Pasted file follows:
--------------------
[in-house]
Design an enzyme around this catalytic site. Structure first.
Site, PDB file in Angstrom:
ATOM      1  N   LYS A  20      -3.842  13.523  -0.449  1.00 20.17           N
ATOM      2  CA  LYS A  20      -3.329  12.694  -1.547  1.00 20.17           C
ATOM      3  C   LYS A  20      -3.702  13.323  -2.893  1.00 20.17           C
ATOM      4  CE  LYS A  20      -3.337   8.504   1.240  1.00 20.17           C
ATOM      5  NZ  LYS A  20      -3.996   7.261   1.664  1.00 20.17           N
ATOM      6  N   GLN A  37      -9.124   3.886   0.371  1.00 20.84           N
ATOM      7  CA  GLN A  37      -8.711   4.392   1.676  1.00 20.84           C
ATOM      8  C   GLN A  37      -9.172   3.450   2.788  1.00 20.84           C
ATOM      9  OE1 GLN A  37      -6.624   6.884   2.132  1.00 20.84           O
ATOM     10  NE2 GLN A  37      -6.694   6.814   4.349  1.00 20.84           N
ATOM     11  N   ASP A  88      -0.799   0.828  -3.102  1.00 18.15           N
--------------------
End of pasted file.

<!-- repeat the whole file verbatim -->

[in-house]
Design an enzyme around this catalytic site. Structure first.
Site, PDB file in Angstrom:
ATOM      1  N   LYS A  20      -3.842  13.523  -0.449  1.00 20.17           N
ATOM      2  CA  LYS A  20      -3.329  12.694  -1.547  1.00 20.17           C
ATOM      3  C   LYS A  20      -3.702  13.323  -2.893  1.00 20.17           C
ATOM      4  CE  LYS A  20      -3.337   8.504   1.240  1.00 20.17           C
ATOM      5  NZ  LYS A  20      -3.996   7.261   1.664  1.00 20.17           N
ATOM      6  N   GLN A  37      -9.124   3.886   0.371  1.00 20.84           N
ATOM      7  CA  GLN A  37      -8.711   4.392   1.676  1.00 20.84           C
ATOM      8  C   GLN A  37      -9.172   3.450   2.788  1.00 20.84           C
ATOM      9  OE1 GLN A  37      -6.624   6.884   2.132  1.00 20.84           O
ATOM     10  NE2 GLN A  37      -6.694   6.814   4.349  1.00 20.84           N
ATOM     11  N   ASP A  88      -0.799   0.828  -3.102  1.00 18.15           N